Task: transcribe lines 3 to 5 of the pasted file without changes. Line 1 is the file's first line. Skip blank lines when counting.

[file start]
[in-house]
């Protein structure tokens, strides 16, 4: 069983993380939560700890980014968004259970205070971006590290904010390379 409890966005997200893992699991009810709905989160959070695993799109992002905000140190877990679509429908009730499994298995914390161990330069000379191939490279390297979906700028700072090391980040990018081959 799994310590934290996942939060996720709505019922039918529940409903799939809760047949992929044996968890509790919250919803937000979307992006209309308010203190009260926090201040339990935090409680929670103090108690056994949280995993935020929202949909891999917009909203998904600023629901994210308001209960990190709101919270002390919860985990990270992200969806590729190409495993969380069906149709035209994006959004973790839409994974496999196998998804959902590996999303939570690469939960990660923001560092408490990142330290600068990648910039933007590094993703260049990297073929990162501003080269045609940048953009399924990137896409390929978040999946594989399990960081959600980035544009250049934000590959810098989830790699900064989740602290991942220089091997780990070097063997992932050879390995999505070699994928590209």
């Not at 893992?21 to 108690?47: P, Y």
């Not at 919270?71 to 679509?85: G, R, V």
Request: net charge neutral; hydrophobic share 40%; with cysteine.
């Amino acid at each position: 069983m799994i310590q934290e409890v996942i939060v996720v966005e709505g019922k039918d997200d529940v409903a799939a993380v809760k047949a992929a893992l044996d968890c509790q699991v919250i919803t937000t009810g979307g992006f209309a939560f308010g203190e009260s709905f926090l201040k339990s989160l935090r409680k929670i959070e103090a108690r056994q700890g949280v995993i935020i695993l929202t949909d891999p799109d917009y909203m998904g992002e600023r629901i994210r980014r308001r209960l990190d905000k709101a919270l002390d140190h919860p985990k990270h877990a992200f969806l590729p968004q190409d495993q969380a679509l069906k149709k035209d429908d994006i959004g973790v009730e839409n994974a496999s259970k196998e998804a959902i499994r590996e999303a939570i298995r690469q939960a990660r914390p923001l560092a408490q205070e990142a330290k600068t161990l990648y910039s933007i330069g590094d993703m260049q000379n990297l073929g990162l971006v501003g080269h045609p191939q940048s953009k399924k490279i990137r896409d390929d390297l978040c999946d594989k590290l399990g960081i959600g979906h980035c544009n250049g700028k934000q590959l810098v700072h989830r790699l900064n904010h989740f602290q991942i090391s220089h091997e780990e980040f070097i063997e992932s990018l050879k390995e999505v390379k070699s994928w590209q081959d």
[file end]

């Not at 893992?21 to 108690?47: P, Y």
């Not at 919270?71 to 679509?85: G, R, V």
Request: net charge neutral; hydrophobic share 40%; with cysteine.